By allowing ads to appear on this site, you support the local businesses who, in turn, support great journalism.
That time baseball barnstormed the world
Joe Guzzardi.jpg

On a frigid Chicago evening in January 1912, baseball potentates Charles Comiskey and John J. McGraw met at “Smiley” Mark Corbett’s East Side saloon. 

Over whiskey poured neat, the two drafted an ambitious, but successful plan to take Major League Baseball on a worldwide tour. 

Comiskey had been an above average 19th century player, but by 1912, he had become the founding, vastly wealthy owner of the Chicago White Sox. McGraw was widely acknowledged as the feisty genius who guided the New York Giants to ten National League pennants and three World Series triumphs. Less well-known is that McGraw, once a Baltimore Orioles and Giants third baseman, has a career on base percentage that ranks a solid third behind Ted Williams and Babe Ruth but ahead of Ty Cobb and Lou Gehrig.

Author James Elfers, in his book “The Tour to End All Tours,” provides the full, fascinating story that began when Comiskey and McGraw, “after an all-night bender,” announced their grand design to the baseball world. Satirist Ring Lardner joked about the tour’s two-fold purpose. First, to further enrich the already wealthy Comiskey and McGraw who during the offseason, earned the then-princely sum of $3,000 weekly telling baseball yarns on Broadway. And second, “to prove that baseball is better than cricket, roulette, hopscotch, baccarat, Parcheesi, or any of the other sports in vogue abroad.”

The rosters were stocked with the era’s superstars, most notably Christy Mathewson, Walter Johnson, Tris Speaker, and honeymooning Jim Thorpe. Although only a bench warmer during his brief Giants career, the Native American Thorpe returned from the 1912 Stockholm Olympics after winning Gold Medals in the decathlon and pentathlon, and was universally hailed a hero. 

Upon his return home, Thorpe dined with former President Theodore Roosevelt and was honored with a Broadway ticker tape parade. But the U.S. Olympic Committee discovered that Thorpe had played professional minor league baseball during the 1909 and 1910 summers. For earning $30 a month pittance, the USOC declared that Thorpe didn’t qualify as an amateur, and demanded that he return his gold medals, a decision that sparked worldwide outrage. 

Ironically, Thorpe had played baseball in the 1912 Olympics, a demonstration sport that year. Later, in 1951, Thorpe’s legend was memorialized in the Burt Lancaster film, “Jim Thorpe - All American.”

The tour got off to a damp start on October 18 in Cincinnati, and the second game was played in cold, snowy Comiskey Park. Then the players proceeded to the La Salle Street station where a rousing crowd bid them a fond farewell. Three weeks later, via Iowa, Kansas, Missouri, and Texas, the road weary players reached California, where the red carpet awaited them.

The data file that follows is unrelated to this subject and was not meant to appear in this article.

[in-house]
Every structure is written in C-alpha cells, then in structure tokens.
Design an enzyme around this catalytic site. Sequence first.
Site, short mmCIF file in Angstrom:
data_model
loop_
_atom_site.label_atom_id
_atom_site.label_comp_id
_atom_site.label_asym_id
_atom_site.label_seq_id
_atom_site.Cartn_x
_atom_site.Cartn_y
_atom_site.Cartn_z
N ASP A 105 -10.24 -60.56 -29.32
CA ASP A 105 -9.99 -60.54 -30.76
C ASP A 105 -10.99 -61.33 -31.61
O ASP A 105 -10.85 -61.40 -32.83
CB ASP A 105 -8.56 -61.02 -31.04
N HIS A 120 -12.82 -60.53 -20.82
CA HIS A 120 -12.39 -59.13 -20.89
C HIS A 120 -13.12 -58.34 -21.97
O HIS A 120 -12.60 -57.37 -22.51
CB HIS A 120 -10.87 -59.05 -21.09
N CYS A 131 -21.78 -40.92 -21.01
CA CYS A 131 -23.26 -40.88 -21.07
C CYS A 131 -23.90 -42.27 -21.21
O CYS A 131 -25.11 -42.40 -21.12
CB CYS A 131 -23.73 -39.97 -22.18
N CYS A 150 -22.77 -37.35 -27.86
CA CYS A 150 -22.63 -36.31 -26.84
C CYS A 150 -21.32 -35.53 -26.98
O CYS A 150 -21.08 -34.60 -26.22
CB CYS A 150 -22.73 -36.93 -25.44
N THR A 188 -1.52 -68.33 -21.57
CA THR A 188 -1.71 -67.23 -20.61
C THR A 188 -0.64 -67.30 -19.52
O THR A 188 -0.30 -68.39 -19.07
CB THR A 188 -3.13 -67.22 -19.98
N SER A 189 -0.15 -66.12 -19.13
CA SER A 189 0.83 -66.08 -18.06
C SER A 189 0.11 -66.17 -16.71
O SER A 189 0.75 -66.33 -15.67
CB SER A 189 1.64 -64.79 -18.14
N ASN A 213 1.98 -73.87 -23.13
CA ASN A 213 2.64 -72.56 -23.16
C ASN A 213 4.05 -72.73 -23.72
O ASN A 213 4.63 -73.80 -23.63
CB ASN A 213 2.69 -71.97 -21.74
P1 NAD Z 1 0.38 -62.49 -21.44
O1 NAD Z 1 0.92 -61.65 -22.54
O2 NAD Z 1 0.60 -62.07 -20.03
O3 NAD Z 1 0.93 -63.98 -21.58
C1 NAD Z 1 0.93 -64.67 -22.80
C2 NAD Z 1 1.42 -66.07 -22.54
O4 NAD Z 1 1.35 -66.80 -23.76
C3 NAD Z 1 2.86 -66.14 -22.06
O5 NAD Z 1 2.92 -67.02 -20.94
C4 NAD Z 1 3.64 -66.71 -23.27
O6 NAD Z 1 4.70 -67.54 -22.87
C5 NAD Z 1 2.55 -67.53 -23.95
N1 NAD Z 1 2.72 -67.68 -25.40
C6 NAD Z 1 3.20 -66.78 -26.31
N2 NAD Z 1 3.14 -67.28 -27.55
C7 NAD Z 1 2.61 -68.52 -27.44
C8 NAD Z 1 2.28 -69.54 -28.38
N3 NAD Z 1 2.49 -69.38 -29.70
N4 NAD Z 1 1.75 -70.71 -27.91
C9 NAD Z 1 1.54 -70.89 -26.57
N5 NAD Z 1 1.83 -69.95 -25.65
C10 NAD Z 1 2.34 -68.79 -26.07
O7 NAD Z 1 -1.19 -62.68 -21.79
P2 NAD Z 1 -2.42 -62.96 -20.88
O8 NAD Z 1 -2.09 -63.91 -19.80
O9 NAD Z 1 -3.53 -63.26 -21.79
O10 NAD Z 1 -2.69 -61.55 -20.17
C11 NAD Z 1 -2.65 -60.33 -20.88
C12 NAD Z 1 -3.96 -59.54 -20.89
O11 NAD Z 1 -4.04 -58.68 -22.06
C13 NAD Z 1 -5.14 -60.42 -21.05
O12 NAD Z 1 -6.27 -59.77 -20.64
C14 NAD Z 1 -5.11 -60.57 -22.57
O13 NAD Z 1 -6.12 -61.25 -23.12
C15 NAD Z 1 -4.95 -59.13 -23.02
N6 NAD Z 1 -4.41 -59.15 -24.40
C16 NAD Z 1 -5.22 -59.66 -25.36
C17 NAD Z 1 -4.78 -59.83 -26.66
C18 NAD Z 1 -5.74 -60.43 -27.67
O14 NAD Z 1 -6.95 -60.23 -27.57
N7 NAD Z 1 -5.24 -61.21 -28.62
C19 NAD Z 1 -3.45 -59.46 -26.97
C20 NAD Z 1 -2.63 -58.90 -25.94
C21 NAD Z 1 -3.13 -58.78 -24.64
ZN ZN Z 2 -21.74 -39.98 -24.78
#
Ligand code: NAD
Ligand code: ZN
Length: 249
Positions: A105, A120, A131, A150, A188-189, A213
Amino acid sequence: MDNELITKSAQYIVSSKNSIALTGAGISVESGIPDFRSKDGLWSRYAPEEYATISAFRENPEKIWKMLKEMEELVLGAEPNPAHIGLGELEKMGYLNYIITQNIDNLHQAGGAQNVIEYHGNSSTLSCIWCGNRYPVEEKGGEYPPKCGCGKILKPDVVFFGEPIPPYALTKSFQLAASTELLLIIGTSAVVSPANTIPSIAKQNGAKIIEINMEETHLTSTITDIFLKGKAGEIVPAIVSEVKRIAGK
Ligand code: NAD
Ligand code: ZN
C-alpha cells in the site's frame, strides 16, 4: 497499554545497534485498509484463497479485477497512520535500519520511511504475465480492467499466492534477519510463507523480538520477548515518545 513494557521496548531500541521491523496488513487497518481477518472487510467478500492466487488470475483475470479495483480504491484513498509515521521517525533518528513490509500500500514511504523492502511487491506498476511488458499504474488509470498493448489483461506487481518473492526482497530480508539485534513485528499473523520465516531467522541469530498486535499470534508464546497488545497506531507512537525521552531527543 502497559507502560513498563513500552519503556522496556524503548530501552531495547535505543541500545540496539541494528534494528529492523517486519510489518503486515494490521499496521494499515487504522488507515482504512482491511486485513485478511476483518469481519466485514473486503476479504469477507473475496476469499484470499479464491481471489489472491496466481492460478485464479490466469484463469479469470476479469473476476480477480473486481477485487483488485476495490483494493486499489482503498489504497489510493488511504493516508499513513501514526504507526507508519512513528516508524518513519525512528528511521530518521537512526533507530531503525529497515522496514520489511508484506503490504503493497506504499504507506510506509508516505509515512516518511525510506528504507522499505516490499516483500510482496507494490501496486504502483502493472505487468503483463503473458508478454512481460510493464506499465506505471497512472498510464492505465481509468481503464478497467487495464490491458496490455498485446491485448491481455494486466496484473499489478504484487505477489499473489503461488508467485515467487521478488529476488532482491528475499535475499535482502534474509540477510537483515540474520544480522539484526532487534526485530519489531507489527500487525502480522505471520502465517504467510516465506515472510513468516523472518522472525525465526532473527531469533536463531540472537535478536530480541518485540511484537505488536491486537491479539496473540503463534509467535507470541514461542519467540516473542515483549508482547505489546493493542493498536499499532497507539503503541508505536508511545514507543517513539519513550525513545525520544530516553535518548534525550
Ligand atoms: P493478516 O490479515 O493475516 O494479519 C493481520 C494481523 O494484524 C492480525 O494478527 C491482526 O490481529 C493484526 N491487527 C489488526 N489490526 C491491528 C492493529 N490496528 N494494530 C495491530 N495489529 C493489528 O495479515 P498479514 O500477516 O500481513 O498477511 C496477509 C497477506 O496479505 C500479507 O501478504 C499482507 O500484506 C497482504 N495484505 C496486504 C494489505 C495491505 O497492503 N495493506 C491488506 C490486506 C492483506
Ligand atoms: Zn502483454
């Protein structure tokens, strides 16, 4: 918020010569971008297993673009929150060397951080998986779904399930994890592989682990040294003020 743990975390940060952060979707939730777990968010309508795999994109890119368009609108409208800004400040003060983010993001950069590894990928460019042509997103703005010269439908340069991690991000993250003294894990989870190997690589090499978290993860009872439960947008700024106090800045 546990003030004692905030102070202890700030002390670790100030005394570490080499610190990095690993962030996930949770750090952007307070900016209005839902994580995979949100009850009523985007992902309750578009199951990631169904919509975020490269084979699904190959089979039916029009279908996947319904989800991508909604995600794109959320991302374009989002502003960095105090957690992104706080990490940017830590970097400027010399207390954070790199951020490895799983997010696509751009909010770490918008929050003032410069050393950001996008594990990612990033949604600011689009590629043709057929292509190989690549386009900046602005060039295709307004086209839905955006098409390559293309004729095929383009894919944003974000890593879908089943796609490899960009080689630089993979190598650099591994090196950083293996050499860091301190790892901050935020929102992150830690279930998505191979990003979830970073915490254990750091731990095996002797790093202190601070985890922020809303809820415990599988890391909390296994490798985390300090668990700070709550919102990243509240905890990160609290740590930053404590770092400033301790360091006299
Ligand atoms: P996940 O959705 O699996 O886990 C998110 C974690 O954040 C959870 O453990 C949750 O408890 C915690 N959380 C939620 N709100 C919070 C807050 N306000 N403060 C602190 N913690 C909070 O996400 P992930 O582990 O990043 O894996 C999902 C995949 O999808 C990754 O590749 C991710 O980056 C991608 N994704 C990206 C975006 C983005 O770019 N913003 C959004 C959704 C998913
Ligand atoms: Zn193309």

During the tour, Hans Lopert, speedier than Thorpe, raced a jockey-mounted horse around the basepaths. Leading as he rounded third, Lopert claimed that the horse knocked him off stride, and he “lost by a nose.” When the team arrived in Oxnard, Lopert recalled that ten stagecoaches met the team, and the cowboys hosted a roasted ox, fried onions and beer breakfast. Said Lopert: “Roasted ox and beer for breakfast sure puts hair on your chest!”

Shortly after teams boarded the Empress of Japan on November 19 to sail to the Orient and travel 30,000 miles by sea and by rail, they encountered heavy seas. A typhoon that tossed 60-foot waves knocked the big ship 200 miles off course; seasickness overwhelmed the passengers. One wired home: “All well except the players.” A 125-pound fruitcake gifted to the players before they boarded went untouched.

Once back on land in early December, the players eventually met Sir Thomas Lipton, the tea magnate, rode camels and donkeys to the Sphinx and the Great Pyramids before attending a luncheon with Abbas Hilmi Pasha, the last khedive of Egypt. They also had an audience with Pope Pius X, and in England played their last game in front of 30,000 delighted fans including King George V. The King called the game one of his most exciting sporting experiences.

On March 3, 1914 the players departed Liverpool on the Lusitania, and returned to New York on March 7 where baseball dignitaries await them. But for the travel and baseball-exhausted players, there would be no rest. The teams headed to Hot Springs, Arkansas to begin spring training on March 10.

Joe Guzzardi is a Society for American Baseball Research and Internet Baseball Writers Association member. Contact him at